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View From the North: Northern California Counties Attempt to Raise Revenue for Childcare

Publication date: 
Wednesday, April 11, 2018

During the June 2018 election, residents in a few Northern California counties will consider ballot measures that intend to create childcare program subsidies for low- and middle-income families. Advocates of the ballot measures hope that these subsidies can alleviate families of the high cost of childcare, help parents get back to work after the birth of a child, and better prepare children for preschool.

Alameda and San Francisco Counties Head to the Ballot Box

In Alameda County, Measure A proposes a half-cent increase in the sales tax to pay for and expand existing childcare centers, recruit and train teachers and increase the availability of home-based childcare centers.

In San Francisco, Measure C will impose a 3.5 percent tax on commercial rents over $1 million a year. The City of San Francisco already subsidizes the cost of pre-school for all four-year-olds and utilizes 4 percent of its property tax revenue for after-school programs, job training and youth services. However, San Francisco lacks programs available for children as young 3-months old. Additionally, Board of Supervisor Norman Yee asserted that over 2,500 low-income families are stuck on the waiting list for childcare. Measure C will expand childcare and preschool programs to serve all low- and middle-income families in the area.

The two ballot measures will help Alameda county and the city of San Francisco each raise over $140 million annually for childcare programs. However, Alameda County’s proposal to rely on sales tax revenue a more dependable stream of support than San Francisco’s tax on commercial property. Nonetheless, Measure A faces a significant hurdle, requiring a two-thirds of voters to cast a “Yes” ballot. In contrast, San Francisco’s Measure C only requires a majority of “Yes” votes to pass.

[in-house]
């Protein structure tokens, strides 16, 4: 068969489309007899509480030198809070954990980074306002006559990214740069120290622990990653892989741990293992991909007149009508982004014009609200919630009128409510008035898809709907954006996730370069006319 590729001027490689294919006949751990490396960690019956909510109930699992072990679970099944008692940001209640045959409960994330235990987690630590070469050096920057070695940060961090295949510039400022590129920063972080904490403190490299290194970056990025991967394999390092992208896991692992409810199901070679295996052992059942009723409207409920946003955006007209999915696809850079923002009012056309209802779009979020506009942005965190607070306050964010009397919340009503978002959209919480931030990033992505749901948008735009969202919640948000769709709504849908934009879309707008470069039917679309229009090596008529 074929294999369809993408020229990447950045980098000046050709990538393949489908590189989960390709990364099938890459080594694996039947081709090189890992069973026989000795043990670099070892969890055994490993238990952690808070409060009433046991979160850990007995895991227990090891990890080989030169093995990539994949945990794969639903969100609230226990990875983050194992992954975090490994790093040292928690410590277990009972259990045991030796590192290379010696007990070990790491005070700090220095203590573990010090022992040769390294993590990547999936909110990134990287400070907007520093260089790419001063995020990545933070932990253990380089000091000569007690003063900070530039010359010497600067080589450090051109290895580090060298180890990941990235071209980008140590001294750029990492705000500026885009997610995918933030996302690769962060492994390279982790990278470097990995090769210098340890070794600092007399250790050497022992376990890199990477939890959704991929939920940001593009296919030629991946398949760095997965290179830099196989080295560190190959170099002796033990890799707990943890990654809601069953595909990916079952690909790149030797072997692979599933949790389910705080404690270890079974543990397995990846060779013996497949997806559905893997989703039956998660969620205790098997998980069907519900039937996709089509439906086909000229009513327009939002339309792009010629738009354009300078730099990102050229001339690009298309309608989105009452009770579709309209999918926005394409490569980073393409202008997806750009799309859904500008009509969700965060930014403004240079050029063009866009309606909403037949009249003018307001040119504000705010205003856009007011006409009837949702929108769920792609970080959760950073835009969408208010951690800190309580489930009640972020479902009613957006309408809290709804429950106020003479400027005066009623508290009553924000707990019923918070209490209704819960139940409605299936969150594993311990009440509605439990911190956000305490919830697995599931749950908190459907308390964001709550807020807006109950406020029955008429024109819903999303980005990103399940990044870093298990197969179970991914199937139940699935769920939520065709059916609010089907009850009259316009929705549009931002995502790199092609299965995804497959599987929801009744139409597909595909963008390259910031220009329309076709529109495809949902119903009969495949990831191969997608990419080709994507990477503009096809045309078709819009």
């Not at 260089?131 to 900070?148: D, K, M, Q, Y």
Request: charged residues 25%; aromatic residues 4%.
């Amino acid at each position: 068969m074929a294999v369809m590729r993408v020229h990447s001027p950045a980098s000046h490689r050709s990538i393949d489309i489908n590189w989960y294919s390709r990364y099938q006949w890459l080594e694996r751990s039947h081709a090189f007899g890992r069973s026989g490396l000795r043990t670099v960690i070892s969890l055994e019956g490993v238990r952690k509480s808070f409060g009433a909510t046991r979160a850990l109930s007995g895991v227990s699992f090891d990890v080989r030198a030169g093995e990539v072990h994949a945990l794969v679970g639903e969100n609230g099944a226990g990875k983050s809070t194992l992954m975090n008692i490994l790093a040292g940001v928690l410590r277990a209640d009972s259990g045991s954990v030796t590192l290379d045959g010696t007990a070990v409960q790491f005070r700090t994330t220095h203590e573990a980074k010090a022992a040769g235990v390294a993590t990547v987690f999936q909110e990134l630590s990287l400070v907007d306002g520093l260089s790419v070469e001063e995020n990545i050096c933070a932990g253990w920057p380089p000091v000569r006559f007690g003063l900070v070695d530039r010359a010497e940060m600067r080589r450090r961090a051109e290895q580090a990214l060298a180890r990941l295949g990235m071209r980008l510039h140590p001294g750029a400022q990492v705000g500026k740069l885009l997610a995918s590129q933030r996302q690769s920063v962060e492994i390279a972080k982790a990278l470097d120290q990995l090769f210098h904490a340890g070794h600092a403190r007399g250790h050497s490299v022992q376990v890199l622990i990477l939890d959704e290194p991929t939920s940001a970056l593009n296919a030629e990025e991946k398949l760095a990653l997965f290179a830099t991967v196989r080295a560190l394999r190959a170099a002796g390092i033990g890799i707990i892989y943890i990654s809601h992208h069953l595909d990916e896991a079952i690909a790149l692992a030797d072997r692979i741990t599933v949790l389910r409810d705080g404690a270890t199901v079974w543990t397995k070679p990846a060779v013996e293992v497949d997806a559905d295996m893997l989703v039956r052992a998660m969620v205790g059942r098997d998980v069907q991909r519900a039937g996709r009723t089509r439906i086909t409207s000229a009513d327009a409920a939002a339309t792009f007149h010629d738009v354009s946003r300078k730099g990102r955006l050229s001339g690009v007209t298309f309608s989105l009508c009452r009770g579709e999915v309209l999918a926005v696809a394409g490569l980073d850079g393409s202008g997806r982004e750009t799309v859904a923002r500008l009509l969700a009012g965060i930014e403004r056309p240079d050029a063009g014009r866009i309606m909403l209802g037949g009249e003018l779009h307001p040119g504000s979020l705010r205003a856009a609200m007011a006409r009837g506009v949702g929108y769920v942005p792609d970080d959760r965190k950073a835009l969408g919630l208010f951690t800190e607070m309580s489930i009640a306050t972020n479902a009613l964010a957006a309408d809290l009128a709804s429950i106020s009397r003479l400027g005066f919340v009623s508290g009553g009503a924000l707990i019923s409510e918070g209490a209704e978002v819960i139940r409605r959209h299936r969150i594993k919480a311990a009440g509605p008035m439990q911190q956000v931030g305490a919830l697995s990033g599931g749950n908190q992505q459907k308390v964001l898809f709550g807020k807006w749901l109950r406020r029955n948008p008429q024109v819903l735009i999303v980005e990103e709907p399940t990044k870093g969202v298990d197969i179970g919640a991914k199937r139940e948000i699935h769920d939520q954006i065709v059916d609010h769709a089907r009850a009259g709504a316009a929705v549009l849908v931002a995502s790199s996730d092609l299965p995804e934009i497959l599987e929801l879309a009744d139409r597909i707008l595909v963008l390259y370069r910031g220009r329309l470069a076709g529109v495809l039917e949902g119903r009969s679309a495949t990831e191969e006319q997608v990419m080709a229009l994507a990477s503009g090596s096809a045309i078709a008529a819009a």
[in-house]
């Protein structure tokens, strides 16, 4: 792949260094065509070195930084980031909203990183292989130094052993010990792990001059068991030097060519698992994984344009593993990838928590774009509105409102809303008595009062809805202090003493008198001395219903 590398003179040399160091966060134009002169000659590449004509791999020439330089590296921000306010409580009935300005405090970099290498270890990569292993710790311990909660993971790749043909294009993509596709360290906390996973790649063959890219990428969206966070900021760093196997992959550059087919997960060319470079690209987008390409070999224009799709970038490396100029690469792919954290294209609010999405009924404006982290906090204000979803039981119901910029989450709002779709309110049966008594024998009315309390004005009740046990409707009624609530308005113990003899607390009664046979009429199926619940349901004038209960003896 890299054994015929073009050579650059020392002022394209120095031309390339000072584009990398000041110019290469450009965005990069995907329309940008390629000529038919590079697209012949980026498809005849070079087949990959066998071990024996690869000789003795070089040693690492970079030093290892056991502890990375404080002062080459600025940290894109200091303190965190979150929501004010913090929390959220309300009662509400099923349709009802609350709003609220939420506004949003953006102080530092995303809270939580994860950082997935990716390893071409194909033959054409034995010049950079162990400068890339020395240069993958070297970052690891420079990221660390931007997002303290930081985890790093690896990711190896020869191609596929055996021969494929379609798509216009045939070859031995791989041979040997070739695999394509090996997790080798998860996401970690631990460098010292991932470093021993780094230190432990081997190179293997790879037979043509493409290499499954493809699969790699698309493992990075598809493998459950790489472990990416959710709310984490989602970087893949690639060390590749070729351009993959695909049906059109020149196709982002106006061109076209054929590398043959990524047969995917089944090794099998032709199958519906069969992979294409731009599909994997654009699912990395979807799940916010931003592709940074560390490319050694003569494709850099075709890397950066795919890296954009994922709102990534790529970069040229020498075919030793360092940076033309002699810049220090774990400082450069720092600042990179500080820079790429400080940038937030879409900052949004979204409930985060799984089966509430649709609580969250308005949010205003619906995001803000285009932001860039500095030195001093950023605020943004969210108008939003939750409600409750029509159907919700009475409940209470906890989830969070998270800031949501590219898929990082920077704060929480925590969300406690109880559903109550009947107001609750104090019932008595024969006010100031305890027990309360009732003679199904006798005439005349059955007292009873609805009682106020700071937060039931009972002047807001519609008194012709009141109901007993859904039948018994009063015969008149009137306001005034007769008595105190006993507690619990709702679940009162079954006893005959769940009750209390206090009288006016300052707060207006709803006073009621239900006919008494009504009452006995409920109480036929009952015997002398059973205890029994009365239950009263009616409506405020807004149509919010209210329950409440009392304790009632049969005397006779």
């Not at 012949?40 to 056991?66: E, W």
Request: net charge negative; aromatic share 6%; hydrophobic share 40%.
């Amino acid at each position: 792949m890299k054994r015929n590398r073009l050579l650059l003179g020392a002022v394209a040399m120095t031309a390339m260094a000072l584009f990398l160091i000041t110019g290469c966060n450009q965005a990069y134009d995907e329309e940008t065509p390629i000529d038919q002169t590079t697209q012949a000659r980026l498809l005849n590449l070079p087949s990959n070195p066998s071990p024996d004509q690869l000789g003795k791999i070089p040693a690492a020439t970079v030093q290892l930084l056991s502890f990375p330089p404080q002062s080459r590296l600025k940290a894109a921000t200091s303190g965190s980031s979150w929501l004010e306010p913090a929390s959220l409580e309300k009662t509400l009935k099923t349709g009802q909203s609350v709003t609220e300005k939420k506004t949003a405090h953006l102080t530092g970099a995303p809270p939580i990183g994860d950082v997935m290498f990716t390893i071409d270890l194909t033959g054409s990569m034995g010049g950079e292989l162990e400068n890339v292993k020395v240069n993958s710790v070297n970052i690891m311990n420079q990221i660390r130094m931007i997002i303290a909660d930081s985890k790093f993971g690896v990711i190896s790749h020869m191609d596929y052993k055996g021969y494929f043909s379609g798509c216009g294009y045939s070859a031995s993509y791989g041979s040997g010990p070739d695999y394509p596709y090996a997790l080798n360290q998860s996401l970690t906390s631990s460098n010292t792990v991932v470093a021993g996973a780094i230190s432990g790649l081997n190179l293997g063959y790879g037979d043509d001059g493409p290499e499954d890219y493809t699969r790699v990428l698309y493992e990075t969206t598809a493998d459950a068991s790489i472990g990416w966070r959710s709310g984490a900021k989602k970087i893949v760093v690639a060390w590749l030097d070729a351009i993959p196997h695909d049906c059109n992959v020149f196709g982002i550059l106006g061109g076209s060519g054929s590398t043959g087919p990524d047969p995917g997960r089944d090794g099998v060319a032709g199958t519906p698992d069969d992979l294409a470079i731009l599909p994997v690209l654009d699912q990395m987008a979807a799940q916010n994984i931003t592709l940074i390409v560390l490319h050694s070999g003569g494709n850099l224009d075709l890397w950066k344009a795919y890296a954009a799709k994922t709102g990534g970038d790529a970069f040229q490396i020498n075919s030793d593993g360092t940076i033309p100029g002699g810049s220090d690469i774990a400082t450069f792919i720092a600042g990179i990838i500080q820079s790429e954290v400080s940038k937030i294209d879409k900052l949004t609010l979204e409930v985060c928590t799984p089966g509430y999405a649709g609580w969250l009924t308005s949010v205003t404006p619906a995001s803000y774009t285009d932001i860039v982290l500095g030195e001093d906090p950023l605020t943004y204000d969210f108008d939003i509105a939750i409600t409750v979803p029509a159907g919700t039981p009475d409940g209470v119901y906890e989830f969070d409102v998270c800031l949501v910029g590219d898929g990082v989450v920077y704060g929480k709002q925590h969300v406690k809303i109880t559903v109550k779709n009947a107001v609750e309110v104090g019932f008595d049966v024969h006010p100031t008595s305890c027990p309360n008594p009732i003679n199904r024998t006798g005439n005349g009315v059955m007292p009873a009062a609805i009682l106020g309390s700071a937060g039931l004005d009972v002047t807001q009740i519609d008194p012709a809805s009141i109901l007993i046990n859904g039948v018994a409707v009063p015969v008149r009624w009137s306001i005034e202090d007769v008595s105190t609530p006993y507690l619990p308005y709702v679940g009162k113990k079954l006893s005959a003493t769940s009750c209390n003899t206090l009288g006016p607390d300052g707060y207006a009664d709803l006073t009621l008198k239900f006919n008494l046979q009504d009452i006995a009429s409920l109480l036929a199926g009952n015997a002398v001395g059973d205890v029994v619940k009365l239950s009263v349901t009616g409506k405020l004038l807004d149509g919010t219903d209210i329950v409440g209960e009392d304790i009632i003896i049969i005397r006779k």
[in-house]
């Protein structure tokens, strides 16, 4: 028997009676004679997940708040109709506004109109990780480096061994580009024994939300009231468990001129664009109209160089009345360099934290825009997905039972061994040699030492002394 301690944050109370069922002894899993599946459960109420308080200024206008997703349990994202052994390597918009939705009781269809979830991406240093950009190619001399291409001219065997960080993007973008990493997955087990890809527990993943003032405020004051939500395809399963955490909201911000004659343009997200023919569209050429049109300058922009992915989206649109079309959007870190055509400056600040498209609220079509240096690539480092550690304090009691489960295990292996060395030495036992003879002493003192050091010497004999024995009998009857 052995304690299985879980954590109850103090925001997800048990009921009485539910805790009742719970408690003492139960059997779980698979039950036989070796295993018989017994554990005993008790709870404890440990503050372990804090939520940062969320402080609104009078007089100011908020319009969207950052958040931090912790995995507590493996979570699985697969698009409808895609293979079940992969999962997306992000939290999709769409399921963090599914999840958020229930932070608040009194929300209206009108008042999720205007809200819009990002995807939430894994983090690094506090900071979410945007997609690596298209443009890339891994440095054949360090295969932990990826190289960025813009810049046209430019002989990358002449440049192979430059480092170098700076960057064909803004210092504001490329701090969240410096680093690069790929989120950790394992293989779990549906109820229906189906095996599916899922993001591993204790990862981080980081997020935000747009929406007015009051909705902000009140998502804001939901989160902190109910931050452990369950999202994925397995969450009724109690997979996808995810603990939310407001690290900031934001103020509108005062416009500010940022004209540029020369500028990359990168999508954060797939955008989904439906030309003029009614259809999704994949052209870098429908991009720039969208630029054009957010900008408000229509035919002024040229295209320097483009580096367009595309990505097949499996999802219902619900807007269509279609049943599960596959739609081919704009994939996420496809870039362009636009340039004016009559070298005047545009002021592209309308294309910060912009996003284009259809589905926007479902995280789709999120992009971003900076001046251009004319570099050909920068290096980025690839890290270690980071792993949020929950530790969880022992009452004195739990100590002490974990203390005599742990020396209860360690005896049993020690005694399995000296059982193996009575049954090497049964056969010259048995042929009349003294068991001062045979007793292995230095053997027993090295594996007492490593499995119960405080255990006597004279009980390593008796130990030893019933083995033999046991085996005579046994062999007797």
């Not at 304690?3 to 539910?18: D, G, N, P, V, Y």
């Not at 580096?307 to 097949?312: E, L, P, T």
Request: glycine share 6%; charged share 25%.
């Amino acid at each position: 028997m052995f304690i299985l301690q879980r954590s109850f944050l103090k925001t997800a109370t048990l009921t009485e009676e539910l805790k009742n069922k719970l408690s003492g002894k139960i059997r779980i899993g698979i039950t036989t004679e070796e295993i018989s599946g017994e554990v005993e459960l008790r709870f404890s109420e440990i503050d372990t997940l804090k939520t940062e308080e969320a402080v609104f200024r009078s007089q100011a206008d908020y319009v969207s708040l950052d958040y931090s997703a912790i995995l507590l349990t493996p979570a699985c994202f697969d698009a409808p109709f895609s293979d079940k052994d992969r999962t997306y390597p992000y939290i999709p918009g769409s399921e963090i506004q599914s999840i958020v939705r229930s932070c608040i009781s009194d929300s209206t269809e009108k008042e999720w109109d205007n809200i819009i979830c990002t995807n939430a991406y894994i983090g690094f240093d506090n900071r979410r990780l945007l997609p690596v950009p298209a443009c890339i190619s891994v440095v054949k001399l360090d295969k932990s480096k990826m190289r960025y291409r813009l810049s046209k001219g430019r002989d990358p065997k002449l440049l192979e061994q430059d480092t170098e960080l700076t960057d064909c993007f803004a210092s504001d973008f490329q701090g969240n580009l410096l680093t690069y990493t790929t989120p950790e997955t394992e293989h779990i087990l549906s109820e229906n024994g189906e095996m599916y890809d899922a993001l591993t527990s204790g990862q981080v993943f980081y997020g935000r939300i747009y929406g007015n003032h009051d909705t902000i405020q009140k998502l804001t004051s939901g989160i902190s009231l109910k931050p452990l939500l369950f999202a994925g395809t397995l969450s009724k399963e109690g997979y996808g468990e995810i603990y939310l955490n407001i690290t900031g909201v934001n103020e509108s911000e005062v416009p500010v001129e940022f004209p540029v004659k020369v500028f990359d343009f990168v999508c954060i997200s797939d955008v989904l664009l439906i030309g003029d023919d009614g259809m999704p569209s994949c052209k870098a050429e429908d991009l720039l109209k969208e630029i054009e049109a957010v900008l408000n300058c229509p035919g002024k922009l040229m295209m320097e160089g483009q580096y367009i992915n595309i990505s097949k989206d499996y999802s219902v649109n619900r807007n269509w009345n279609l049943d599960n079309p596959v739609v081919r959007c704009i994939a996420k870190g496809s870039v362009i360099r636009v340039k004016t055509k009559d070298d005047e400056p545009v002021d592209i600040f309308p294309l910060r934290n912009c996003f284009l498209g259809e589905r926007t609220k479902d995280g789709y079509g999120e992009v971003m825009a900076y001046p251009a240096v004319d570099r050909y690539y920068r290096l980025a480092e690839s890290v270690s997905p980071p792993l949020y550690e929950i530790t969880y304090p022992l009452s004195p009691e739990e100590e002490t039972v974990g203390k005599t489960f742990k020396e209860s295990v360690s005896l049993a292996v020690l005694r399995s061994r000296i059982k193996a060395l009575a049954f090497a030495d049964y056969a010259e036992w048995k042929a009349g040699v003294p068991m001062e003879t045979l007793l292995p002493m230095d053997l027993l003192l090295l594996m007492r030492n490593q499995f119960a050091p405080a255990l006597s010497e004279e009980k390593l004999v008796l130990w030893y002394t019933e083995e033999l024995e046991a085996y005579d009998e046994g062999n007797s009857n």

Other Proposals on the Table

The City of Oakland, Contra Costa County, Yolo County, Santa Cruz County and San Joaquin County are all considering various measures to address the need for accessible, affordable and quality childcare. Voters in the City of Richmond in Contra Costa County will consider a “youth measure” during the June election. In addition to childcare, the measure will fund early childhood education and services to young people up to the age of 24. The proposed ballot measure will set aside 3 percent of the city’s general fund.

For the November 2018 election, the City of Oakland plans to introduce a new parcel tax to fund preschool and other children’s programs for low-income families. Because the City of Oakland is part of Alameda County, Oakland taxpayers will be funding both Measure A and the new parcel tax if both measures are approved.

Santa Cruz and San Joaquin are taking a different approach to funding childcare programs. Both counties plan to create new taxes on marijuana sales to fund child care for families who cannot afford it.

While Northern California cities and counties have been very active in introducing childcare initiatives, cities and counties all over California face similar issues in relation to accessibility, affordability and high childcare. Funding the Next Generation, an organization dedicated to addressing issues affecting children, hopes that Southern California cities and counties will also consider initiatives to provide greater childcare programs. Funding the Next Generation will be providing the tools necessary to create these initiatives by hosting a free conference in Los Angeles this June.

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